The Fundraising Pulpit

Devin Nunes
Devin Nunes; drawing by John Cuneo

In mid-March, as infection rates in his home state grew, Devin Nunes, Republican congressman from California, tweeted to his almost million followers a Breitbart article titled “Democrats Pushed Impeachment While Coronavirus Spread.” Nunes has exploited President Trump’s impeachment at every opportunity, often for his personal benefit. In February, shortly after Trump’s acquittal by the US Senate, he sent an e-mail addressed to his “top supporters.” It read: “GET THE EXCLUSIVE IMPEACHMENT SCOREBOARD T-SHIRT!” When recipients clicked the accompanying graphic of a white T-shirt stamped “IMPEACHMENT: DONALD TRUMP 01, DEEP STATE 00,” they landed on a page offering the shirt for any amount between $25 and $2,800. Since this purchase was a federal contribution to the Nunes campaign, donors were instructed to state their employment status. A prominent red-framed box with a checkable “I’m retired” in bolded letters signposted the target demographic.

With the exception of Trump, few in public office are as adept at tickling the ids and wallets of conservative retirees as the forty-six-year-old Nunes. His contributors gush over his talents. “Thoughtful and direct,” one woman in Michigan who gave $585 in dribs and drabs over the last two months of 2019 told me. “A smart man, he looks for the truth,” said a Pennsylvania retiree who donated $75 during the same period. Since 2017, Nunes’s campaign has raised more than $20 million, about half from small donors. Nunes is a master of multiplatform marketing. Whether delivered from a committee dais, Fox News segment, self-published webzine, podcast, or at the front of a press conference, his sales pitch is elemental in its simplicity and limitless in its permutations: conservatives are under attack. “We must fight back” read the subject line of a recent Nunes e-mail. Donate.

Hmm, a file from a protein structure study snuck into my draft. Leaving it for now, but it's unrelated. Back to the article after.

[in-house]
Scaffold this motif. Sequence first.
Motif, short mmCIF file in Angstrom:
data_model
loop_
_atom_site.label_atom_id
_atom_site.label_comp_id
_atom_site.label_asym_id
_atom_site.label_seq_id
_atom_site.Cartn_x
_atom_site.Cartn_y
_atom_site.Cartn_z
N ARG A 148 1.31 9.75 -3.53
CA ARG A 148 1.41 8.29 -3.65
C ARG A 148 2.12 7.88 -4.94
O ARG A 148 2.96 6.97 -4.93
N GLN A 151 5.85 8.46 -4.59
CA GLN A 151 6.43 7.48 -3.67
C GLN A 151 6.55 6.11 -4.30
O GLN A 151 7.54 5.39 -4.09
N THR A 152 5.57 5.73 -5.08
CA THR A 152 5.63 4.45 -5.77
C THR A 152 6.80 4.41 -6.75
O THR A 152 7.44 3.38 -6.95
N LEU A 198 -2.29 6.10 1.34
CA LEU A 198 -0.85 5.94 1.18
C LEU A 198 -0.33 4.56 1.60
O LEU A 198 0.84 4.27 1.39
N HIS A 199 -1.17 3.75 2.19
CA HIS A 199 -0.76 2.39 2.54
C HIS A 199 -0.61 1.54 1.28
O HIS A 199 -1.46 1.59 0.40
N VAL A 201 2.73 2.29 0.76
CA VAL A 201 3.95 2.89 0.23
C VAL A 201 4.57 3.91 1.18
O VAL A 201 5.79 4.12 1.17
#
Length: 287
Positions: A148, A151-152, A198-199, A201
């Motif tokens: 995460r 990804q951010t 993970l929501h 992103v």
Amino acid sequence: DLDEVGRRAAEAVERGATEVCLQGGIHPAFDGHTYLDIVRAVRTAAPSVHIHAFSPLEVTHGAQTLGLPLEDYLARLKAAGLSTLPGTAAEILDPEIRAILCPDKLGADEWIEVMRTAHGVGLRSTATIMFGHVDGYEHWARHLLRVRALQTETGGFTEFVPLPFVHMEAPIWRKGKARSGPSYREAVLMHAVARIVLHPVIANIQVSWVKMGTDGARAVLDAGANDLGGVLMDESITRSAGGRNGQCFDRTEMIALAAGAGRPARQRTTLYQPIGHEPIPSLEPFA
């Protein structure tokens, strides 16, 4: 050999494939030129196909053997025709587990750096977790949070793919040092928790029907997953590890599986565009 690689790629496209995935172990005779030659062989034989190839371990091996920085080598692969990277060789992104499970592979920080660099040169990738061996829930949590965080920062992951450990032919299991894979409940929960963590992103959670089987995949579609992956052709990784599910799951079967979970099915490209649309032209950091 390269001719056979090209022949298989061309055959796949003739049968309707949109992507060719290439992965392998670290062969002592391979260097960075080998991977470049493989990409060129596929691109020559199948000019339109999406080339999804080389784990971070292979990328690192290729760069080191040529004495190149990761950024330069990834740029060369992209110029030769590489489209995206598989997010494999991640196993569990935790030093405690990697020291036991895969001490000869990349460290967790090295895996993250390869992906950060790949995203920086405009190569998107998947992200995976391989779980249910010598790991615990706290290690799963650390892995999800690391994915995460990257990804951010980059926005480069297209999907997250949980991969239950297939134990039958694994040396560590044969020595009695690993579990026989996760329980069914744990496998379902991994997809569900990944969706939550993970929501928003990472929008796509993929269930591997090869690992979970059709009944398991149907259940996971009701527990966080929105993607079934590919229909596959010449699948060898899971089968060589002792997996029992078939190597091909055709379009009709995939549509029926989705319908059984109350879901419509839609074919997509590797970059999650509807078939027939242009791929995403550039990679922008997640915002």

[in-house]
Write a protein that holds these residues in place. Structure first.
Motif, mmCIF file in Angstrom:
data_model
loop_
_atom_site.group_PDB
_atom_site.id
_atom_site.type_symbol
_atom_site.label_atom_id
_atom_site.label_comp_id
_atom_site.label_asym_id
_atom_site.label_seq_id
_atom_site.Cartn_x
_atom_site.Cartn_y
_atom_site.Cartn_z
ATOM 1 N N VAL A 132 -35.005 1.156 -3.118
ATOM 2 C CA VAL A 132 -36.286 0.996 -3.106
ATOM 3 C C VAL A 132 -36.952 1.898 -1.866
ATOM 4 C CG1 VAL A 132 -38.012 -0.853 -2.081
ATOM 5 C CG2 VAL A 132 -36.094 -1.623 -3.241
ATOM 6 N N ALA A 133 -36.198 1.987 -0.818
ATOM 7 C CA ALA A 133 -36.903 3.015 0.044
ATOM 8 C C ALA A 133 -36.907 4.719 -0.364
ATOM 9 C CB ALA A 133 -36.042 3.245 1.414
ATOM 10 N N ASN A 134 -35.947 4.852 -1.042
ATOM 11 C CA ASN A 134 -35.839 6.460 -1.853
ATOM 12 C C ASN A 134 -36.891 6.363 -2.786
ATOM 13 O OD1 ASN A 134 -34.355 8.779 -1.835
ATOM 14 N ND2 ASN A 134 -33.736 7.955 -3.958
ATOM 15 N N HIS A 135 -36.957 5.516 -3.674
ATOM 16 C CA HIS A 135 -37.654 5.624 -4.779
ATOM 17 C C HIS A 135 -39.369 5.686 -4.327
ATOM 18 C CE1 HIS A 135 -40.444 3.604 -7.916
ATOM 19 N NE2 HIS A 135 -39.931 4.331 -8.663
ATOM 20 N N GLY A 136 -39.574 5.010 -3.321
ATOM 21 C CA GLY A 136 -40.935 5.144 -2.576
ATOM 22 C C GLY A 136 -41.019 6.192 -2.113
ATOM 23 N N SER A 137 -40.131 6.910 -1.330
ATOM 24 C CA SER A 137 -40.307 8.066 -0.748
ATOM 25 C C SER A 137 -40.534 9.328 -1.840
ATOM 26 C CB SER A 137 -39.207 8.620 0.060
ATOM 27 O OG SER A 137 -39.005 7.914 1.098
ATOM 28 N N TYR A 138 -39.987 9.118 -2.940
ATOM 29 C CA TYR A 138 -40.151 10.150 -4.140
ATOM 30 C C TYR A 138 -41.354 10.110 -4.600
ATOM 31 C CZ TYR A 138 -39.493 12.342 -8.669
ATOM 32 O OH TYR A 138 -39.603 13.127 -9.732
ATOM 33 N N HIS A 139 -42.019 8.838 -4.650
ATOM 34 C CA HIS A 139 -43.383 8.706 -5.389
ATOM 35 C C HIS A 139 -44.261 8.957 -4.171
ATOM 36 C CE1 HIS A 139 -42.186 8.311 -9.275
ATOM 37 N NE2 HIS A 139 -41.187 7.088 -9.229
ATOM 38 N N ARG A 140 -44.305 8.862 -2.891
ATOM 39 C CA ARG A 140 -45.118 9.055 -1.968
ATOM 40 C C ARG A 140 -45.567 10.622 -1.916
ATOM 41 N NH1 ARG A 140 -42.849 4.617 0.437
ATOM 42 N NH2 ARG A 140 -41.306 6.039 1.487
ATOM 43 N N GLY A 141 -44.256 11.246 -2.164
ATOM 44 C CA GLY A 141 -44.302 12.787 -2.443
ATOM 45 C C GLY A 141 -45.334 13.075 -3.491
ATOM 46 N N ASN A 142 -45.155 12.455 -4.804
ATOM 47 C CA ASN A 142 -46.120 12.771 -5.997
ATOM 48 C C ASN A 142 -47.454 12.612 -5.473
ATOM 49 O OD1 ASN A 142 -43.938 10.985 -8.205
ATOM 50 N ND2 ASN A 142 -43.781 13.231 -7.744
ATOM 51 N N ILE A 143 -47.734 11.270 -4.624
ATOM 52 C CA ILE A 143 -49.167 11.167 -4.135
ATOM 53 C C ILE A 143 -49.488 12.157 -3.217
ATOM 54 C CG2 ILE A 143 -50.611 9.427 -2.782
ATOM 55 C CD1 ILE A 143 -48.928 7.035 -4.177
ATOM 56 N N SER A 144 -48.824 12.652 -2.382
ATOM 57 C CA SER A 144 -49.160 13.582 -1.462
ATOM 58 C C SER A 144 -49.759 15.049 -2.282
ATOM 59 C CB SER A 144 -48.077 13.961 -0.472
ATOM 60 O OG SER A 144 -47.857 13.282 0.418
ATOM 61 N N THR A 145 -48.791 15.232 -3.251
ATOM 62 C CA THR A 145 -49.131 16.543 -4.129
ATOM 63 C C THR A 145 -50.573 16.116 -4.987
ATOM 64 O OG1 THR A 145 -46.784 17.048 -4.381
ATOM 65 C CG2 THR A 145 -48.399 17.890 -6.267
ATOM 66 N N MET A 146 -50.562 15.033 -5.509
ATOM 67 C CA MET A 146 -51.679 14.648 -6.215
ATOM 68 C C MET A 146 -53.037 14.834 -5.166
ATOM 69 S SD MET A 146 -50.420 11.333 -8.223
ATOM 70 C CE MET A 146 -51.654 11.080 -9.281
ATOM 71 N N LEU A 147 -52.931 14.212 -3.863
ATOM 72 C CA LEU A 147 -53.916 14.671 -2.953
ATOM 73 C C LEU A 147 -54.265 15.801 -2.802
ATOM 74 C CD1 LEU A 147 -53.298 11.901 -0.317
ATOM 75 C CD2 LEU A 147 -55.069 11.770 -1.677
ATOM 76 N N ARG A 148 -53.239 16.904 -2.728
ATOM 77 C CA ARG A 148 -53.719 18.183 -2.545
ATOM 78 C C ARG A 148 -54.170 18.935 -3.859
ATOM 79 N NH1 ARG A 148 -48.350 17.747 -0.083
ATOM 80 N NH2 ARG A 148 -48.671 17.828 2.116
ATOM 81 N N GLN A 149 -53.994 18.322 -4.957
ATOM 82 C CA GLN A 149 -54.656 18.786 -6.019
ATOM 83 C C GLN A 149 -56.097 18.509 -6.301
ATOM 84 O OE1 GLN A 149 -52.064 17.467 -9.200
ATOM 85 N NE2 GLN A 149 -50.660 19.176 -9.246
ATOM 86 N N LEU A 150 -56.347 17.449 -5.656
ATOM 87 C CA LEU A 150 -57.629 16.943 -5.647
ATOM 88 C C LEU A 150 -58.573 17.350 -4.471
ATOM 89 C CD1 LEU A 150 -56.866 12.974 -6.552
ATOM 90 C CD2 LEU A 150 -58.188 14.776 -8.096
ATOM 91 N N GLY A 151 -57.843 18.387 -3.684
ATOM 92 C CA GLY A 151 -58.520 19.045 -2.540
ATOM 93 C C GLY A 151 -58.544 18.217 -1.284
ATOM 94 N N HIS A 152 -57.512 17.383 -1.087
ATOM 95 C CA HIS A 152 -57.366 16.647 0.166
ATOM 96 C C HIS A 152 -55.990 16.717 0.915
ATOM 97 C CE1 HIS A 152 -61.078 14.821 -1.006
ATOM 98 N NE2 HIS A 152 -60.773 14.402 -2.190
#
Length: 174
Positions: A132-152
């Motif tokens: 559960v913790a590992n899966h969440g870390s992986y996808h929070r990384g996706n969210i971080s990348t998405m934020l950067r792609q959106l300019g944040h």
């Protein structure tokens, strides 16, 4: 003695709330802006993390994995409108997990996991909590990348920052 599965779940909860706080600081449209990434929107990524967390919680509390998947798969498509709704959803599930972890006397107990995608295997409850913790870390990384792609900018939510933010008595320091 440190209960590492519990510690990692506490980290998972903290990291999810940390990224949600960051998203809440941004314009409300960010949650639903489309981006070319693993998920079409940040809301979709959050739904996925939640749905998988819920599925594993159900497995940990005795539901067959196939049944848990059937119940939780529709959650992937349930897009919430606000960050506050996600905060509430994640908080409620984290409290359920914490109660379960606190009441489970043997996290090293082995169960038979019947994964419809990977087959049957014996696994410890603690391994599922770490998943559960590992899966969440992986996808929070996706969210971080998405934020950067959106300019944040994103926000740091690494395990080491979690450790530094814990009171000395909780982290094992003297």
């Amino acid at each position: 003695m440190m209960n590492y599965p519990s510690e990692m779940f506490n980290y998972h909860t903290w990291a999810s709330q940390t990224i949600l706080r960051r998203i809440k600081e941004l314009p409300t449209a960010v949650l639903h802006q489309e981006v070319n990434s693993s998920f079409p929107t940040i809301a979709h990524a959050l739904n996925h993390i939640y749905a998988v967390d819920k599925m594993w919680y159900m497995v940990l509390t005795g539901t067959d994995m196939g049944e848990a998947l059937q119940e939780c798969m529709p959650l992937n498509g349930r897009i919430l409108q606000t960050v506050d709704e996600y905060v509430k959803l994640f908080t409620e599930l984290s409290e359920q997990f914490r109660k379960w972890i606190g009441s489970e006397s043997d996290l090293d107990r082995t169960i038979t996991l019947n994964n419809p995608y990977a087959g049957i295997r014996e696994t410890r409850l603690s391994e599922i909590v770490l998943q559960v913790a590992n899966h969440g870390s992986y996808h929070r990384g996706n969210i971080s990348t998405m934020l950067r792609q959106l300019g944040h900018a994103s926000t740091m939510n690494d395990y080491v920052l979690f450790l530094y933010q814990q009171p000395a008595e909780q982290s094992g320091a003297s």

Nunes offers an inexhaustible inventory of conspiracy theories. He stars in them as the heroic congressman ferreting out a truth that evil Democrats wish to bury. As soon as one conspiracy theory is debunked, a new one appears. The Obama administration hid an incriminating stash of Osama bin Laden papers, for instance. Witnesses to the murder of a US ambassador in Benghazi were intimidated. Ukraine tried to interfere in the 2016 election against Trump. Nunes’s tales often feature the so-called Deep State, an amorphous enemy that includes government officials inclined to constrain Trump with facts or legal statutes.



As the ranking Republican on the House Intelligence Committee, Nunes helped drive the GOP response to both the Mueller and impeachment investigations. During the hearings he and his colleagues unleashed a slew of procedural complaints, creating a narrative of injustice that became ready fodder for fundraising pitches. Most of their ire focused on committee chairman Adam Schiff, Democrat of California, whom they accused of running an unfair process and of “outlandish attacks”…


This is exclusive content for subscribers only.
Get unlimited access to The New York Review for just $1 an issue!

View Offer

Continue reading this article, and thousands more from our archive, for the low introductory rate of just $1 an issue. Choose a Print, Digital, or All Access subscription.

If you are already a subscriber, please be sure you are logged in to your nybooks.com account. You may also need to link your website account to your subscription, which you can do here.